Stepin Fetchit, Noted Black Movie Comic of ‘30s, Dies

Times Staff Writer

Stepin Fetchit, the black comedian who became a Hollywood star in the 1930s by playing lazy, slow-moving, easily frightened characters, died Tuesday of heart failure and pneumonia at the Motion Picture & Television Hospital in Woodland Hills. He was 93.

Fetchit, born Lincoln Theodore Monroe Andrew Perry, came to Hollywood in the late 1920s and made a small fortune portraying shuffling, idle men who rolled their eyes in fright and ignorance at the complexities of the world.

The unsophisticated, subservient portrayals were later viewed by many as an insult to American blacks, but Fetchit never saw much harm in the stereotype.


“Just because Charlie Chaplin played a tramp doesn’t make tramps out of all Englishmen, and because Dean Martin drinks, that doesn’t make drunks out of all Italians,” he said in a 1968 interview with The Times. “I was only playing a character, and that character did a lot of good.”

Film historians said Fetchit was the first black actor to receive feature billing in American movies not aimed specifically at black audiences, and Fetchit argued that he opened doors for other blacks in the film business.

“I defied the law of white supremacy,” he said. “I had to defy a law that said Negroes were supposed to be inferior. . . . I became the first Negro entertainer to become a millionaire. All the things that (Bill) Cosby and (Sidney) Poitier have done wouldn’t be possible if I hadn’t broken that law. I set up the thrones for them to come and sit on.”

He sued Cosby and CBS over the use of some of his film clips in a 1968 television retrospective of black history, claiming that he had been portrayed as “the symbol of the white man’s Negro, the traditional lazy, stupid, crapshooting, chicken-stealing idiot.”

A federal court judge dismissed the suit on the grounds that Fetchit was a public figure.

Born May 30, 1892, in Key West, Fla., to parents with a fondness for presidents and statesmen (hence his names), young Lincoln Perry was raised in Montgomery, Ala.

He ran away from home at the age of 14 and wandered about the South with several plantation shows--black shows for farm workers that played weekend nights.


Perry advanced to minstrel groups, carnival companies and medicine shows.

He was broke at one point in Oklahoma, when a horse named Stepin Fetchit won him $30. Perry wrote and sang a tune about the horse, and a Muskogee, Okla., theater manager liked the tune and stuck Perry with the name.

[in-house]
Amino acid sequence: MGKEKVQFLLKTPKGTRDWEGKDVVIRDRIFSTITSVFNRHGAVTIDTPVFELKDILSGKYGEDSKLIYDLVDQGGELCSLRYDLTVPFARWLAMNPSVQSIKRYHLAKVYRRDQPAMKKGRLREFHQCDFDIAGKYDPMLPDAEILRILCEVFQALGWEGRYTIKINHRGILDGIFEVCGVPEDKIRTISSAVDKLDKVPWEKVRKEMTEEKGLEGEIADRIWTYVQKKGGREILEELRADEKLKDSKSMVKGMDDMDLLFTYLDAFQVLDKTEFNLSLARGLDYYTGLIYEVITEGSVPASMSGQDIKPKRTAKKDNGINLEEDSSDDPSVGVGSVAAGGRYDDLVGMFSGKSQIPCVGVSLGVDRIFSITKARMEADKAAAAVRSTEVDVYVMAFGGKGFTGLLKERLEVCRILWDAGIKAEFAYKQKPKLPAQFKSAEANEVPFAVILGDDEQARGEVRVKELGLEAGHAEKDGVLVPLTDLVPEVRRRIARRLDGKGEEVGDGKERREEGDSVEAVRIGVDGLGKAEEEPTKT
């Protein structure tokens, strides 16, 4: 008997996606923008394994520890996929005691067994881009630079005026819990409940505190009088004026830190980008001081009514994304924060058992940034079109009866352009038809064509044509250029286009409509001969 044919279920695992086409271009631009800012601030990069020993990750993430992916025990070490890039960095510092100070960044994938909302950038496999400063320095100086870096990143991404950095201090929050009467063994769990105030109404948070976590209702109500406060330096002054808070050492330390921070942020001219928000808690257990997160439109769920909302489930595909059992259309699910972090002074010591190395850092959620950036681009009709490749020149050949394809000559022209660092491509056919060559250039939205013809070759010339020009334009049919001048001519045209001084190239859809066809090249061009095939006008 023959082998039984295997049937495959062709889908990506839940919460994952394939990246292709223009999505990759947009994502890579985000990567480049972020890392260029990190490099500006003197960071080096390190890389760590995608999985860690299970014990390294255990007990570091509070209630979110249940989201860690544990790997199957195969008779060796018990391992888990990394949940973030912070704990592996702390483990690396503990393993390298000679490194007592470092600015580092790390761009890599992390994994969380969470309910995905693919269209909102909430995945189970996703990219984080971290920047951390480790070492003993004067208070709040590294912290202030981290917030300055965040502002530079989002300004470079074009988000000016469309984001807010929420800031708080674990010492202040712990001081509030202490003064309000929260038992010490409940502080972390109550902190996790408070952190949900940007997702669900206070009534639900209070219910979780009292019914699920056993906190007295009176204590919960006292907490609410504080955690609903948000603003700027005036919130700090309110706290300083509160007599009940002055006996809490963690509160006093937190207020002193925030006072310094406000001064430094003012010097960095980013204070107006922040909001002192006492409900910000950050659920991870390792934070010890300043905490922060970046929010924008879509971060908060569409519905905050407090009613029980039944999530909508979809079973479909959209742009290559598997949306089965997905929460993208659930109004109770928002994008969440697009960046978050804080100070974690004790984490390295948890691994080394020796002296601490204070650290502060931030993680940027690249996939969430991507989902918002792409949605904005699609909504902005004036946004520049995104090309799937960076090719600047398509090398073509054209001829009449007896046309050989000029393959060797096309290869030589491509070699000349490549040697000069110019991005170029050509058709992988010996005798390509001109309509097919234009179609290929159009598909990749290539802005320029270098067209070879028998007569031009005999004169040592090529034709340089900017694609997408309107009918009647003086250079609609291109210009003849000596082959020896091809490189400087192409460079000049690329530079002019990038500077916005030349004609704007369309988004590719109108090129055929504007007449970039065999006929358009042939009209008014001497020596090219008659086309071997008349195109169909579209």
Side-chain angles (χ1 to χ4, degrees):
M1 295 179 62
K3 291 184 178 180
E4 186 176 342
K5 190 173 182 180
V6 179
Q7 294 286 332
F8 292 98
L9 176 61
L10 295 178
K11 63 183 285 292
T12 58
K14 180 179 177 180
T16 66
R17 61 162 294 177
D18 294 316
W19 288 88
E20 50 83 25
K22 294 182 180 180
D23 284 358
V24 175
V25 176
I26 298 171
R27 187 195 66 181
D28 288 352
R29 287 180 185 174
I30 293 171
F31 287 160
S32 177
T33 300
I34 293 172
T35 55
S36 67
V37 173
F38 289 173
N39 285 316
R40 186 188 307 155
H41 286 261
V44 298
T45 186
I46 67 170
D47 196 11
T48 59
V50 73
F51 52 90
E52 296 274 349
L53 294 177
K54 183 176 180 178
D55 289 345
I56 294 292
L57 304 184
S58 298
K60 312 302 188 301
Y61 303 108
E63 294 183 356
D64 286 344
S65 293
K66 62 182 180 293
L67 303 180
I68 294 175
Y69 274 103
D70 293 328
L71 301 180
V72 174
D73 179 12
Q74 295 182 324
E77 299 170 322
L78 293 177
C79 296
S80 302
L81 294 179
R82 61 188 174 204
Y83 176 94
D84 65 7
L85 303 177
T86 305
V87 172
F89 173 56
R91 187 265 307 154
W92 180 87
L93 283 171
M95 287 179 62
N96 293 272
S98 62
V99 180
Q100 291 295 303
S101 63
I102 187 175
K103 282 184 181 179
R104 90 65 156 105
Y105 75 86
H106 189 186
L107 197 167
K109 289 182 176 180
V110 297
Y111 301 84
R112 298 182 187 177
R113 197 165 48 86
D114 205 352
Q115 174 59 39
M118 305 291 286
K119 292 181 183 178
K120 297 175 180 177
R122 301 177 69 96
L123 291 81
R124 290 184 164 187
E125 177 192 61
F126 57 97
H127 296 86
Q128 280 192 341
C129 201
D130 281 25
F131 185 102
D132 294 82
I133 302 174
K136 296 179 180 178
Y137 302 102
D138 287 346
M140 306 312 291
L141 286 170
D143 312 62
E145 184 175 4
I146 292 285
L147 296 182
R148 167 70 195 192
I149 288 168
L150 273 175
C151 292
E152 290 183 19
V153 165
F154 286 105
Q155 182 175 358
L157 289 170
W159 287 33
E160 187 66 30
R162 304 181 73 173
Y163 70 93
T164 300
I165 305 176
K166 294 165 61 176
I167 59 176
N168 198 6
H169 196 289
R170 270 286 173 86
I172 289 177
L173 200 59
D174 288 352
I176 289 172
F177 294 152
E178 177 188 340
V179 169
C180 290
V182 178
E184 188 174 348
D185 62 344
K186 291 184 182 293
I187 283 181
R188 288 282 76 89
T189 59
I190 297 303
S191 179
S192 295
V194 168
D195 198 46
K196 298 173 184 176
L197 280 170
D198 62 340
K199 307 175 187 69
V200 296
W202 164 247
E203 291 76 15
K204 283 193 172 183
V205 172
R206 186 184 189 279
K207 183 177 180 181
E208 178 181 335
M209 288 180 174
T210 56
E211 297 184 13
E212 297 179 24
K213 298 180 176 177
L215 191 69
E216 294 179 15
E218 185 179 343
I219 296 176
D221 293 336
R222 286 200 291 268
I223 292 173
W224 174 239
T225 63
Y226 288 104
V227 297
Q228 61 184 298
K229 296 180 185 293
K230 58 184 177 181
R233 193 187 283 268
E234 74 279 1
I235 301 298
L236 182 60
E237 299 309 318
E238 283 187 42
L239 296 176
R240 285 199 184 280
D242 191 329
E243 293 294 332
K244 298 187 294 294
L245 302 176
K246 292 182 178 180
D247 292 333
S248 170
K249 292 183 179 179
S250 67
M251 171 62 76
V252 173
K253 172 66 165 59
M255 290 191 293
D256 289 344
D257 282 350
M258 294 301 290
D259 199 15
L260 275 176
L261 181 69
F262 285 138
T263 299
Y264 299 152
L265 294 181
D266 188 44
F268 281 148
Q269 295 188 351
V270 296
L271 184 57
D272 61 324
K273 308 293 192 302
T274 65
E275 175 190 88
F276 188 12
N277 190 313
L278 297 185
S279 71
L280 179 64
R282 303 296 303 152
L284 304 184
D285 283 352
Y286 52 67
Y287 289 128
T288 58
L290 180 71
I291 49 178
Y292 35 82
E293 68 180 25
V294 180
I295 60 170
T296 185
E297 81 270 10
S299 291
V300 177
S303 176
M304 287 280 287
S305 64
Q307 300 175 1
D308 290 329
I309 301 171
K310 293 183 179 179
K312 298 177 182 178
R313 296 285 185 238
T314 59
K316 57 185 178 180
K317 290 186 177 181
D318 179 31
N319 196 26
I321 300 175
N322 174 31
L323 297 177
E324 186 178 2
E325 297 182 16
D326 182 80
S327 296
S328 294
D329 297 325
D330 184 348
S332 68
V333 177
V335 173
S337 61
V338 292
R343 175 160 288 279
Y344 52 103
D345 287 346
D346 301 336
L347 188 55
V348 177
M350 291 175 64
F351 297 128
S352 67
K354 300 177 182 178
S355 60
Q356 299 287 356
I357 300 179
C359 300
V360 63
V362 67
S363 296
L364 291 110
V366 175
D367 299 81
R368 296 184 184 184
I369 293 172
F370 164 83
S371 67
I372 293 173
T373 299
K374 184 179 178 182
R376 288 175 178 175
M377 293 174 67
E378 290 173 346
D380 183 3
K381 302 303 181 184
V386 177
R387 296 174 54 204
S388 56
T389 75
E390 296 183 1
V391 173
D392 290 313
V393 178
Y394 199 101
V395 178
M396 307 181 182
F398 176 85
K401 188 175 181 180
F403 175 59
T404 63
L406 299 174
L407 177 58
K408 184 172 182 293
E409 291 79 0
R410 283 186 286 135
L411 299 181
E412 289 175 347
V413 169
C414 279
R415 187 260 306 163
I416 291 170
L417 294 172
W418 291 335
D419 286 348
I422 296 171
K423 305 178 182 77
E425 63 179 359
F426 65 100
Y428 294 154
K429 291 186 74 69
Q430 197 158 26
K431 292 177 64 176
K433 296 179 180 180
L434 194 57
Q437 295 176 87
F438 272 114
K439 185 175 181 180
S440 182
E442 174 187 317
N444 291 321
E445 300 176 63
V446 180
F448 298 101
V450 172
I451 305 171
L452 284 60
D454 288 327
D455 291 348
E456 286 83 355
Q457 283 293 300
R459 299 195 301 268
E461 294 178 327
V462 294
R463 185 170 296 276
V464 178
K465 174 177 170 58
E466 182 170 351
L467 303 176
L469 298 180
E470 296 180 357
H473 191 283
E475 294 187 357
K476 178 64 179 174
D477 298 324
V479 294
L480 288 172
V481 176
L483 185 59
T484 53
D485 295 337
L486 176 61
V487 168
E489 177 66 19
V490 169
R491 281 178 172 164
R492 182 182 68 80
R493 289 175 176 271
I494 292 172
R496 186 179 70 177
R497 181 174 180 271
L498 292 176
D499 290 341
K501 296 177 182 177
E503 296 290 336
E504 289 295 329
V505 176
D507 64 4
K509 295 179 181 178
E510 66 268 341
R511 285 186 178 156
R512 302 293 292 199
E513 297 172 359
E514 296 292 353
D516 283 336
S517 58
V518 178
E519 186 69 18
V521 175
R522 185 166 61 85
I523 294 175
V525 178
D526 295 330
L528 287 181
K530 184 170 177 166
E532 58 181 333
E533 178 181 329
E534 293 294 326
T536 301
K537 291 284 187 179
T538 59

Fetchit came to Hollywood, making $300 a week in vaudeville and broke into film with “In Old Kentucky” in the late 1920s.

“I was a gentle character,” he recalled in an interview four decades later. “I played the harmonica and just didn’t care about working . . . . I stole the picture.”

Fetchit was placed under contract. He worked in dozens of films through the 1930s, earned a couple of million dollars and lived well--big houses with Chinese servants and cashmere suits, parties and expensive cars, including one flashy model with “Stepin Fetchit” emblazoned in neon along both sides.

He made “Stand Up and Cheer,” “Miracle in Harlem,” “The Country Gentleman,” “David Harum,” “Steamboat ‘Round the Bend” and a dozen other films with such stars as Shirley Temple, Will Rogers and Janet Gaynor.

But the money was spent as quickly as Fetchit earned it. His movie appeal went sour, and a production company he formed to film the lives of such black athletes as Jack Johnson and Satchel Paige went nowhere. In 1947 he declared bankruptcy and hit the road again, singing and telling jokes.


Little was heard of Fetchit until he resurfaced in Chicago in the mid-1960s: The once high-living star was a charity patient, hospitalized for a prostate operation.

Life became even harder a few years later when Fetchit, working a Louisville, Ky., club date, learned that his 31-year-old son had murdered three people, including the son’s wife, before turning the gun on himself in a shooting spree along the Pennsylvania Turnpike. A total of 17 other men, women and children were wounded or injured in the bizarre highway incident in 1969.

Fetchit, who had last seen his son two years before while playing a Chicago date, said at the time of the murders: “I can’t understand it; he was such a cool, calm and intelligent boy.”

A few days later, the young man’s uncle, a New York City sociologist and official of an anti-poverty program there, blamed the young man’s “paranoid” sense of frustration about racial relations.

Fetchit, a Catholic who had recently converted to the Muslim faith, took the incident hard. He settled in Chicago, hoping for the best, hoping for more work.

“There’s a great lot of movies that could use me,” he said in 1969, discussing the possibility that Hollywood might find work for him again. “They’ve said I’m such a dumbbell. They don’t know how wise I could be in place of all those that they got.” One minor movie role in “Amazing Grace” came along in 1974.


He entered the Motion Picture Country House in 1977, a year after suffering a stroke, and spent the final years of his life there fighting a series of illnesses.

Funeral arrangements are pending.